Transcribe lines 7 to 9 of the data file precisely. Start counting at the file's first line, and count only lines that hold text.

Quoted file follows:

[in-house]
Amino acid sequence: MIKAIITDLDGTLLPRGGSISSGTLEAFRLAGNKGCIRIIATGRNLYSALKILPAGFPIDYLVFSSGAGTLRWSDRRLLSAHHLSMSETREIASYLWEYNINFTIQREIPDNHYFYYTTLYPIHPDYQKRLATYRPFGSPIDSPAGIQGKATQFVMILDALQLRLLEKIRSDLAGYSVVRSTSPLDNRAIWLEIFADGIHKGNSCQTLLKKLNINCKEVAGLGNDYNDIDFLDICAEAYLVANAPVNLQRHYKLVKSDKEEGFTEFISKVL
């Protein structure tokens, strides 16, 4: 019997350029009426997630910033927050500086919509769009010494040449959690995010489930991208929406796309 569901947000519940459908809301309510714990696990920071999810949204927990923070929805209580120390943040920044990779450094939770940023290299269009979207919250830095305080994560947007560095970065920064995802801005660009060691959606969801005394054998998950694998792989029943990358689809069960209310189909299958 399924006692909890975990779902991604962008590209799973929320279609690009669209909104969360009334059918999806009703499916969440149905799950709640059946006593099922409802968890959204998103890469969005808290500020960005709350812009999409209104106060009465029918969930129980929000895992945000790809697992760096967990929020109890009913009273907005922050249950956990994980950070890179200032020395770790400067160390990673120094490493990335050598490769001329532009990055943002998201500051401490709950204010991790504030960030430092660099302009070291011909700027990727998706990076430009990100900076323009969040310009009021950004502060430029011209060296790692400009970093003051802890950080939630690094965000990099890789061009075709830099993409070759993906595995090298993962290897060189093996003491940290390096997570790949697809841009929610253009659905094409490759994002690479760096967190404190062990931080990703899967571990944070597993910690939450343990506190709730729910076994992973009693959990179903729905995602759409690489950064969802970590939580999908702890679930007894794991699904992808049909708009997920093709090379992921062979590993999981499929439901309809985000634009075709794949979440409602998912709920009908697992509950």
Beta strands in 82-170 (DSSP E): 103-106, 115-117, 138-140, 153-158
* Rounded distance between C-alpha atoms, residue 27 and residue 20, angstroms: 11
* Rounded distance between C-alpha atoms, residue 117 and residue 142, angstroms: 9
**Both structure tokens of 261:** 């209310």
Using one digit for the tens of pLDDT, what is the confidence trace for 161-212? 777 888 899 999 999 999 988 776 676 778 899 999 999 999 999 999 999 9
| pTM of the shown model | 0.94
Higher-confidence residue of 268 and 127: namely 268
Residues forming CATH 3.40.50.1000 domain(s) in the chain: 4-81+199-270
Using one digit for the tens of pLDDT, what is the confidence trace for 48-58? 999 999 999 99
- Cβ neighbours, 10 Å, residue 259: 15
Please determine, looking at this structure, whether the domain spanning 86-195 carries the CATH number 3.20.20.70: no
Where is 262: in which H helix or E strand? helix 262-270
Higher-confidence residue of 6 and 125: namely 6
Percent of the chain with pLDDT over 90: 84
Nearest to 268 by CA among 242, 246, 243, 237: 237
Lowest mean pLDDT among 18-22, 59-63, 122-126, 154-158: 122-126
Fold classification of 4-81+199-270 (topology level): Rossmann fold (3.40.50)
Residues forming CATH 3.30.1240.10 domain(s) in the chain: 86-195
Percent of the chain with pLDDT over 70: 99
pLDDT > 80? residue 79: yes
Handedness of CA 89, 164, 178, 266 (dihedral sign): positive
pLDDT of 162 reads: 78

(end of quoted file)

**Both structure tokens of 261:** 């209310």
Using one digit for the tens of pLDDT, what is the confidence trace for 161-212? 777 888 899 999 999 999 988 776 676 778 899 999 999 999 999 999 999 9
| pTM of the shown model | 0.94